Reinvention. It’s the buzzword of Boomers who aren’t done just because they’ve reached or are approaching traditional retirement age.
A Predictable Conundrum
It’s also a popular topic among speakers and authors, many of whom have impressive resumes and great insight and advice to give. Their message is largely based on the success of others, including themselves. But when the rubber hits the road, their audiences are left with little of substance that they can apply to their reality. A few ‘get it’, but most feel it’s a nice idea that loses traction in time.
‘’Reinvention thought leaders”’ are committed to the belief that stories of inspiration, possibility and adventure that others have experienced in reinventing themselves will somehow rub off on the audience. If this doesn’t happen, the implication is that the listener/reader hasn’t paid close enough attention. In reality, we are all surrounded by stories of success (and failure), but as long as these are someone else’s story, we remain relatively indifferent to them, appreciating them at best for their entertainment value. Regardless of the audience’s enthusiasm, the lasting impact of all that motivational advice by charismatic reinvention leaders is negligible, and the Boomer is left adrift, pretty much in the same boat he sailed in on. The information he has been exposed to is good, maybe even great, but the bottom line is the same for everyone: “So what?” It’s a predictable conundrum.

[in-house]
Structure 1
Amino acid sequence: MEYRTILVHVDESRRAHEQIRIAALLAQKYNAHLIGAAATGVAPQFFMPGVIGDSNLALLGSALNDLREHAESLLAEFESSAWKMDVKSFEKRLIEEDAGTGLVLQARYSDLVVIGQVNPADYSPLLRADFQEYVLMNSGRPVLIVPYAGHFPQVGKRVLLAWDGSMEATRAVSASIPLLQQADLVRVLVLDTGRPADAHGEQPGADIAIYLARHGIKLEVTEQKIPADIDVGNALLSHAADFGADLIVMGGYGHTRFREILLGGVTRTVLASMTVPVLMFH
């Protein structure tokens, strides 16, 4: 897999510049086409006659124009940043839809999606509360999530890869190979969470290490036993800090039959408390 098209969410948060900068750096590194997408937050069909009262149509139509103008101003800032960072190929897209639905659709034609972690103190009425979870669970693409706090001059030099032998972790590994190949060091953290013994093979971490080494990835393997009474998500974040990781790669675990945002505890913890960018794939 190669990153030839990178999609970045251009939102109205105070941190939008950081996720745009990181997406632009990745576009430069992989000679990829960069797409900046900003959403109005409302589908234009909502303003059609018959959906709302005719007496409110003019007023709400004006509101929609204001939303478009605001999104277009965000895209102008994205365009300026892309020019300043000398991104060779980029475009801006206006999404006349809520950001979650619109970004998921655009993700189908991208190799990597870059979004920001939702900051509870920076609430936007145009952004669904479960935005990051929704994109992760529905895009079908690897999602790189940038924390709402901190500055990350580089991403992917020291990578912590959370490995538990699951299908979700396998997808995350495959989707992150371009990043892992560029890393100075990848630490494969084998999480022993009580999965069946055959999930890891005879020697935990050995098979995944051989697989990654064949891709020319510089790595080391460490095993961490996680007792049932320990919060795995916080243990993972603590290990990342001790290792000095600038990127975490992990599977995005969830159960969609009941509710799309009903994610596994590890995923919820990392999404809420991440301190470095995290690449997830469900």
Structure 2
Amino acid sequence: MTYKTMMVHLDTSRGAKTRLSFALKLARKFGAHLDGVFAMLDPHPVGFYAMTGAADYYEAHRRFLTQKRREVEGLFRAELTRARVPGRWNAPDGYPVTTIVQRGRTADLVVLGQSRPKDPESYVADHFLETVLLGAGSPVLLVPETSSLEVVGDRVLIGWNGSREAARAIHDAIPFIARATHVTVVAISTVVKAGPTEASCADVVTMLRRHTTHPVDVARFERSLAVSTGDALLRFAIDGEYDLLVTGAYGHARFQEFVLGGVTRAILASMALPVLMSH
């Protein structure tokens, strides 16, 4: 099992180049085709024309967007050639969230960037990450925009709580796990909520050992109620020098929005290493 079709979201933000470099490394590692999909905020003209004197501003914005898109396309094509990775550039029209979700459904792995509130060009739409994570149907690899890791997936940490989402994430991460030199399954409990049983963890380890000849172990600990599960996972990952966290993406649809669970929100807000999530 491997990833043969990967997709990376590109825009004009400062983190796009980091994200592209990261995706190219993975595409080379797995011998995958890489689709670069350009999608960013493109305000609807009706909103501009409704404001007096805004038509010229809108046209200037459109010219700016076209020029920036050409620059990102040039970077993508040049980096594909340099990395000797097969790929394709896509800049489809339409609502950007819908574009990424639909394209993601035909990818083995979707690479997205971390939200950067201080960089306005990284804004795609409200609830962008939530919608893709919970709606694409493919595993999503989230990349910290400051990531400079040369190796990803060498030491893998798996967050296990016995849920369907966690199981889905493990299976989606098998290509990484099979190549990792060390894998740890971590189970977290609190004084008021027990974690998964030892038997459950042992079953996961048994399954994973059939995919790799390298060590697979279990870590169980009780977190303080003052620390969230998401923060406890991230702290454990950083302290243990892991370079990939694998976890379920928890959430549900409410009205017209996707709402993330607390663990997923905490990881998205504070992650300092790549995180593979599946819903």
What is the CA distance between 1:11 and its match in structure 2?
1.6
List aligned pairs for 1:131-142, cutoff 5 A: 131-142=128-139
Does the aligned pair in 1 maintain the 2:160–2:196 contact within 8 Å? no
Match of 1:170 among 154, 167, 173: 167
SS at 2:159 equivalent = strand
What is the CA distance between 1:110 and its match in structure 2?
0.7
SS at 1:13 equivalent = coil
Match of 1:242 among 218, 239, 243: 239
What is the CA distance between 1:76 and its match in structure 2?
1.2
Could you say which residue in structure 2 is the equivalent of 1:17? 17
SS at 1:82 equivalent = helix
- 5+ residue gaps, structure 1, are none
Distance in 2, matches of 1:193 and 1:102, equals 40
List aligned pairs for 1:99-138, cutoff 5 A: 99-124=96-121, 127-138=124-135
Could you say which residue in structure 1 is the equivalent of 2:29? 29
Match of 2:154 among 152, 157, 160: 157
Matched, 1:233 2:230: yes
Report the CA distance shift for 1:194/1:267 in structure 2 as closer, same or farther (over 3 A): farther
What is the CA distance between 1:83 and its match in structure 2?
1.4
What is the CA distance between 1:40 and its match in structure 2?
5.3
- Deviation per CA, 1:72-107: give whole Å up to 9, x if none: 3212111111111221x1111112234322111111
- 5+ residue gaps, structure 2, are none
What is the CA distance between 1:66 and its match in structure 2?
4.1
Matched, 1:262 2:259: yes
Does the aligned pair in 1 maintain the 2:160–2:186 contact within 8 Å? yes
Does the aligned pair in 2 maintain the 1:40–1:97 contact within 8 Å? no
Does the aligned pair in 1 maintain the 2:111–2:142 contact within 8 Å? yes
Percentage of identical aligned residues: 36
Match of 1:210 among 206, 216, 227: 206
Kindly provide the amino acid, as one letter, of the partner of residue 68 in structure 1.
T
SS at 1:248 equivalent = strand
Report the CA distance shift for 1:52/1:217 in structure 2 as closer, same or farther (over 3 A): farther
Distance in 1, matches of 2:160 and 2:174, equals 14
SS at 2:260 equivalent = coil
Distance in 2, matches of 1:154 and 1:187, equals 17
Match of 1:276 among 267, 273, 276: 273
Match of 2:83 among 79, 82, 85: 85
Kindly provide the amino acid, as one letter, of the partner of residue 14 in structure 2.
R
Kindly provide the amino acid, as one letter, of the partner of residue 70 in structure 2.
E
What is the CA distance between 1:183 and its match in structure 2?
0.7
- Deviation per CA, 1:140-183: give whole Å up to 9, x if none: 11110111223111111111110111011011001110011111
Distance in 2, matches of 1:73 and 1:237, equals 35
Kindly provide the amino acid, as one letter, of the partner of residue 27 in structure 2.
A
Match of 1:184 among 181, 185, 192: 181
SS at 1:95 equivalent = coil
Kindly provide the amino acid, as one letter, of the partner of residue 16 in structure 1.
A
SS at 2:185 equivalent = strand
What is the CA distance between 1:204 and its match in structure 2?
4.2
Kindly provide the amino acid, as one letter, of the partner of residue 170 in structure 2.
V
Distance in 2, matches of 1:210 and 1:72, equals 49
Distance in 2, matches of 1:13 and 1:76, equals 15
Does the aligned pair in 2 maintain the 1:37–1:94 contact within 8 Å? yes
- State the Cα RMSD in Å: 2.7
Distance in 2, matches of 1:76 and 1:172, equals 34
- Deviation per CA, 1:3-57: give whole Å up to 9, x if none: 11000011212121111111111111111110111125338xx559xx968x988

Reinventing A Life
“So what?” is the question Nicholas Bizony and Charles Loewenberg tackled. They each bring four decades of consulting/coaching experience with corporate clients and individuals. Their up-close involvement with change has shown them that when presented with desirable goals like becoming more effective and influential leaders, improving labor-management relations or generally improving productivity, even Fortune 500 clients tend to revert to their old ways of thinking and behaving once a workshop, seminar or training event is over. So here, dealing with the challenging issue of ‘reinventing’ a life, they apply a process for turning smoke and mirrors into meat and potatoes: a 3-day, highly personalized workshop, initially for Boomer men, who face the question “What’s next?”
In keeping with all great innovations, their approach works because it starts with a simple, universal premise: you can’t tell people what to do. In order for someone to change their attitude and behavior, the problem, and the effective solution, must be defined and designed by the client. Bizony and Loewenberg’s work focuses on precisely this process. It’s called ownership.
The process of generating ownership by the client requires taking the presenter out of the limelight. When my 3-year-old son started swimming lessons, the instructor had the group of children enter the water, each one with a square of Styrofoam. To my surprise, he stayed out of the water for the entire lesson, giving directions as the kids paddled back and forth in the pool. From the first moment, they were learning to swim on their own under the instructor’s guidance.